CE35 - Maladies infectieuses et environnement

Behaviours and spatial patterns related to the buruli Ulcer disease – COPTER-UB

Submission summary

Buruli ulcer is one of the 17 neglected tropical infectious diseases in the world. It is caused by the bacteria M. ulcerans and its symptoms are necrotizing cutaneous lesions.Buruli ulcer affects populations with weak access to sanitation, safe water and care living in rural areas of west and central Africa. For these populaions, there is a need for adapted and efficient prevention strategies. To date, only open surface stagnant waters or slow running waters have been identified at risk (since such configurations are reservoirs for the waterbugs which are considered to be the vector of the disease). Based on a field-work (taken as a laboratory) in the area of Pobé (Benin), the project Copter-UB will broaden the scope by observing all the human-environment interactions and the associated behaviours which may influence the incidence rates.

The COPTER-UB project affords both a contribution to global research on Buruli ulcer and a production of knowledge intended to support collective and adaptive decision-making processes explicitly aimed at preventing the emergence of new contaminations. The study focuses on (i) shared geographical diagnoses (with local populations) regarding water points and wetlands favorable to the development and reproduction of the M. ulcerans bacterium in everyday living spaces and (ii) anticipation of behaviors and territorial practices to prevent it. The COPTER-UB project uses mixed research methods and an innovative cross-cutting approach that brings together skills in geography, cartography, microbiology, public health and epidemiology in France and Benin.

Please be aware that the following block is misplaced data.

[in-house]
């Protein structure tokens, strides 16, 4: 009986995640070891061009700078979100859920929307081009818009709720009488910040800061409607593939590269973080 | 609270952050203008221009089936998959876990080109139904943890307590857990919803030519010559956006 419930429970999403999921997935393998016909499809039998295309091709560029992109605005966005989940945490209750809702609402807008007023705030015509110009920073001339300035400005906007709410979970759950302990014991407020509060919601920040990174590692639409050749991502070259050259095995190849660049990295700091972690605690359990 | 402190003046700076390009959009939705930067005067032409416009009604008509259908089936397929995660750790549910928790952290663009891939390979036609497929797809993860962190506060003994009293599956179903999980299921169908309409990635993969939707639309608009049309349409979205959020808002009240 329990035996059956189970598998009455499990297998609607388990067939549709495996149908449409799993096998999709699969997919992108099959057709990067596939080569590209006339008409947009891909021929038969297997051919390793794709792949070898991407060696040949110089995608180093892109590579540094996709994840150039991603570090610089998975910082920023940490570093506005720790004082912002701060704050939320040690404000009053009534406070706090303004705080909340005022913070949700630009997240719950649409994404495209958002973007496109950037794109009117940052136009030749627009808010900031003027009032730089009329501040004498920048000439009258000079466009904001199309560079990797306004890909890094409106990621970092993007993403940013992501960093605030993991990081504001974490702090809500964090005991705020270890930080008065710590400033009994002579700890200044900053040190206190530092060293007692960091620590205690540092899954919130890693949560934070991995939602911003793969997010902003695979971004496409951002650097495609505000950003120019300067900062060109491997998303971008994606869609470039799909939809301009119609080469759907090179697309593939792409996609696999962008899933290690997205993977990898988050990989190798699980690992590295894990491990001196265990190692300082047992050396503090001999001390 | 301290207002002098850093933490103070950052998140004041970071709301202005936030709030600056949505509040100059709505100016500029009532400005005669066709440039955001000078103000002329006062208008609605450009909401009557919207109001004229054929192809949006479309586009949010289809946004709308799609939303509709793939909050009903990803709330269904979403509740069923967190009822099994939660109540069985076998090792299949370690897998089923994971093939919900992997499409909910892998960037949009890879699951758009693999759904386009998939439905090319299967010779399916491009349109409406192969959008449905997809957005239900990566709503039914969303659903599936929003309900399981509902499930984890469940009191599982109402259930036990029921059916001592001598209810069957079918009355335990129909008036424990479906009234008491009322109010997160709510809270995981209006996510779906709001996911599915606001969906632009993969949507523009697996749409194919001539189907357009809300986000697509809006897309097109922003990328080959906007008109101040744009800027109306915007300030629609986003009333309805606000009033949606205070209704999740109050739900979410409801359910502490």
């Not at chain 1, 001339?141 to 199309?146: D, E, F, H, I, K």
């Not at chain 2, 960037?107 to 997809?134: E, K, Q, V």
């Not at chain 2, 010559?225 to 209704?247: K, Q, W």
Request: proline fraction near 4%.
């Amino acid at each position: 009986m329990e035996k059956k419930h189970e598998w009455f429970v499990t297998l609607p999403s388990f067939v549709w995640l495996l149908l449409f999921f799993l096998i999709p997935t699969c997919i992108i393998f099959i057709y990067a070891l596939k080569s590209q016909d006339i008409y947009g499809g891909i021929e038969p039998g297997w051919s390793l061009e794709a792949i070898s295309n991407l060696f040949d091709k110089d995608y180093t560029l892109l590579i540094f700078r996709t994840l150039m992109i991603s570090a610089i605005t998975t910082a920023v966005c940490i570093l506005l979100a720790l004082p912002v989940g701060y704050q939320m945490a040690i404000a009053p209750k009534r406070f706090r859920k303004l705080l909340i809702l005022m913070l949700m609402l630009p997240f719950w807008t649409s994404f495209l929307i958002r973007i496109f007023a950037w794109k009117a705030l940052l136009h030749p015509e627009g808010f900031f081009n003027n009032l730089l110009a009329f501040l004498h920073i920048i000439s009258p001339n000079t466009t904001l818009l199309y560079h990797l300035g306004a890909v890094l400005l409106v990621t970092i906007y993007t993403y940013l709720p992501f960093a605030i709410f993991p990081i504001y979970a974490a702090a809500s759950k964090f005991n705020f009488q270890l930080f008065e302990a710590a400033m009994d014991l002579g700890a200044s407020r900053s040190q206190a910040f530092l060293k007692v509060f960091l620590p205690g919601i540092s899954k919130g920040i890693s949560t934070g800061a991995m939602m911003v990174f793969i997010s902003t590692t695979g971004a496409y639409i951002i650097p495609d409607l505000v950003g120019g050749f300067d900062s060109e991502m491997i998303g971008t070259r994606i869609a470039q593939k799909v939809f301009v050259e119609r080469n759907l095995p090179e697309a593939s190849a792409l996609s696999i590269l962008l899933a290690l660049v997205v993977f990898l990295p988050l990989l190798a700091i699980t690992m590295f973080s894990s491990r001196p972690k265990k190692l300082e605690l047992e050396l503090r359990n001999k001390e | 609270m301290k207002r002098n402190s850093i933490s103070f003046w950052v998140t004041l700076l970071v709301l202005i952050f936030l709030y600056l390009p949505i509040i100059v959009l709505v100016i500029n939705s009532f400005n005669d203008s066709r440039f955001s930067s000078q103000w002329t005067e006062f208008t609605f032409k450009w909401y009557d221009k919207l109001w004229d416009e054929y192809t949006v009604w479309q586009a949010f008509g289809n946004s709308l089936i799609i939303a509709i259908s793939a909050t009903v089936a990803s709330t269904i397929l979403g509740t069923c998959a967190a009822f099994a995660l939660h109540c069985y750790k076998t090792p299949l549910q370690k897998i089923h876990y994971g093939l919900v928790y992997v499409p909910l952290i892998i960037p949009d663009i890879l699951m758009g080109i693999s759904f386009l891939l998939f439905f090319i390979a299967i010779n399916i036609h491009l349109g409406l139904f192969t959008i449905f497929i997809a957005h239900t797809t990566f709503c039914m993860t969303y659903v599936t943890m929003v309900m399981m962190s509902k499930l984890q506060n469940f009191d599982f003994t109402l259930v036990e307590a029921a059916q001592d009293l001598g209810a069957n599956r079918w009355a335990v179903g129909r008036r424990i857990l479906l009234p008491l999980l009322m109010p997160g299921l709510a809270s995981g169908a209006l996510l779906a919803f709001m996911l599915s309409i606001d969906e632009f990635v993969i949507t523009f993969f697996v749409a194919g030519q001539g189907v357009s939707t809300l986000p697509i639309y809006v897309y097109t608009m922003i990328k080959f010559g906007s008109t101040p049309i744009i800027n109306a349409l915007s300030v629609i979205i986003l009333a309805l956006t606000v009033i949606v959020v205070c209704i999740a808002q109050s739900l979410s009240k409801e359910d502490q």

According to WHO recommendations, this project will help to define proposals for preventive measures adapted to endemic areas. This project has a high potential for societal value (transfer of knowledge and development of prevention strategies) for the populations affected by this disease with sometimes dramatic socio-economic consequences. The innovative approaches of the project are also shaped to be transposable to other neglected tropical diseases (e.g. leprosy) and to other territories. With global warming, M. ulcerans infection could affect southern European countries including France and overseas territories. In recent years, clinical research in Australia has shown a worrying increase in the number of new cases of BU in the Victoria region, characterized by a temperate climate. In this sense, the valorization of the project will also be academic (publications and scientific communications).

Project coordination

Sébastien Fleuret (Sébastien Fleuret)

The author of this summary is the project coordinator, who is responsible for the content of this summary. The ANR declines any responsibility as for its contents.


CDTUB Centre de diagnostic et de traitement de la lèpre et de l'ulcère de Buruli
CIFRED Université d'Abomey Calavi / CIFRED
ESO Sébastien Fleuret

Help of the ANR 319,864 euros
Beginning and duration of the scientific project: May 2022 - 36 Months

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